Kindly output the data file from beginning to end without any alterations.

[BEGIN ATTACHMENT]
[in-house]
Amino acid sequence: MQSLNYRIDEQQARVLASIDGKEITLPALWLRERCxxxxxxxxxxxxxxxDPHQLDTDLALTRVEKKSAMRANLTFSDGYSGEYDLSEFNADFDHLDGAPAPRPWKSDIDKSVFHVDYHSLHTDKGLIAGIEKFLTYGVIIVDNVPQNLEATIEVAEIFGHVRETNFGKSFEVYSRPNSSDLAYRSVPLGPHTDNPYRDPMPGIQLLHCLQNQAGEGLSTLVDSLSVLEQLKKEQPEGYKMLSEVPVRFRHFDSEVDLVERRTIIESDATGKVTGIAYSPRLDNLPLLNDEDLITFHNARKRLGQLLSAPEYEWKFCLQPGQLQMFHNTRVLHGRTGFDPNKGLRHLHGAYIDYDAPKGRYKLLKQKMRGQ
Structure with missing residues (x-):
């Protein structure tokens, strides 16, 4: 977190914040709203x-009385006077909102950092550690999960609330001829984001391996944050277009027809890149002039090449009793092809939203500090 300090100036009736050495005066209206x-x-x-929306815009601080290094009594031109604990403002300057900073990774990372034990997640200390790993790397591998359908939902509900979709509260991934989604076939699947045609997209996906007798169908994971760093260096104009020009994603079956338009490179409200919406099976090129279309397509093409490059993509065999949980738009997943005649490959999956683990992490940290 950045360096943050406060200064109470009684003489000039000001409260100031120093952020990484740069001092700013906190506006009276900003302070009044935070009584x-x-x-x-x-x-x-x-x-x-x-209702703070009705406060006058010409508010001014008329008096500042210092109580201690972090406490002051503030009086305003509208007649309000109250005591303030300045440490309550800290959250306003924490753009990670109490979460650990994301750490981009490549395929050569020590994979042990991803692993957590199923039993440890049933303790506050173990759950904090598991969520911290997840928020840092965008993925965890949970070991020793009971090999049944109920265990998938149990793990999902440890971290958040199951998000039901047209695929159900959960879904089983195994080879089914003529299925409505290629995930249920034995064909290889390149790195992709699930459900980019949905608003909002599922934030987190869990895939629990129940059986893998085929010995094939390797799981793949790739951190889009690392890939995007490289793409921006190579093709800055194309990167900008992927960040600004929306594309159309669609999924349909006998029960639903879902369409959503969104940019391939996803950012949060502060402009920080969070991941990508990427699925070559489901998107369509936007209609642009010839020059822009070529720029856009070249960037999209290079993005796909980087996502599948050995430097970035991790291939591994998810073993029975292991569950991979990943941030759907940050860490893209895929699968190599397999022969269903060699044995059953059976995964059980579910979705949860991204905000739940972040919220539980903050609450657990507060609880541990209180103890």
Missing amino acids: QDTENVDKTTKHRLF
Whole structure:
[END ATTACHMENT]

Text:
[in-house]
Amino acid sequence: MQSLNYRIDEQQARVLASIDGKEITLPALWLRERCxxxxxxxxxxxxxxxDPHQLDTDLALTRVEKKSAMRANLTFSDGYSGEYDLSEFNADFDHLDGAPAPRPWKSDIDKSVFHVDYHSLHTDKGLIAGIEKFLTYGVIIVDNVPQNLEATIEVAEIFGHVRETNFGKSFEVYSRPNSSDLAYRSVPLGPHTDNPYRDPMPGIQLLHCLQNQAGEGLSTLVDSLSVLEQLKKEQPEGYKMLSEVPVRFRHFDSEVDLVERRTIIESDATGKVTGIAYSPRLDNLPLLNDEDLITFHNARKRLGQLLSAPEYEWKFCLQPGQLQMFHNTRVLHGRTGFDPNKGLRHLHGAYIDYDAPKGRYKLLKQKMRGQ
Structure with missing residues (x-):
């Protein structure tokens, strides 16, 4: 977190914040709203x-009385006077909102950092550690999960609330001829984001391996944050277009027809890149002039090449009793092809939203500090 300090100036009736050495005066209206x-x-x-929306815009601080290094009594031109604990403002300057900073990774990372034990997640200390790993790397591998359908939902509900979709509260991934989604076939699947045609997209996906007798169908994971760093260096104009020009994603079956338009490179409200919406099976090129279309397509093409490059993509065999949980738009997943005649490959999956683990992490940290 950045360096943050406060200064109470009684003489000039000001409260100031120093952020990484740069001092700013906190506006009276900003302070009044935070009584x-x-x-x-x-x-x-x-x-x-x-209702703070009705406060006058010409508010001014008329008096500042210092109580201690972090406490002051503030009086305003509208007649309000109250005591303030300045440490309550800290959250306003924490753009990670109490979460650990994301750490981009490549395929050569020590994979042990991803692993957590199923039993440890049933303790506050173990759950904090598991969520911290997840928020840092965008993925965890949970070991020793009971090999049944109920265990998938149990793990999902440890971290958040199951998000039901047209695929159900959960879904089983195994080879089914003529299925409505290629995930249920034995064909290889390149790195992709699930459900980019949905608003909002599922934030987190869990895939629990129940059986893998085929010995094939390797799981793949790739951190889009690392890939995007490289793409921006190579093709800055194309990167900008992927960040600004929306594309159309669609999924349909006998029960639903879902369409959503969104940019391939996803950012949060502060402009920080969070991941990508990427699925070559489901998107369509936007209609642009010839020059822009070529720029856009070249960037999209290079993005796909980087996502599948050995430097970035991790291939591994998810073993029975292991569950991979990943941030759907940050860490893209895929699968190599397999022969269903060699044995059953059976995964059980579910979705949860991204905000739940972040919220539980903050609450657990507060609880541990209180103890």
Missing amino acids: QDTENVDKTTKHRLF
Whole structure: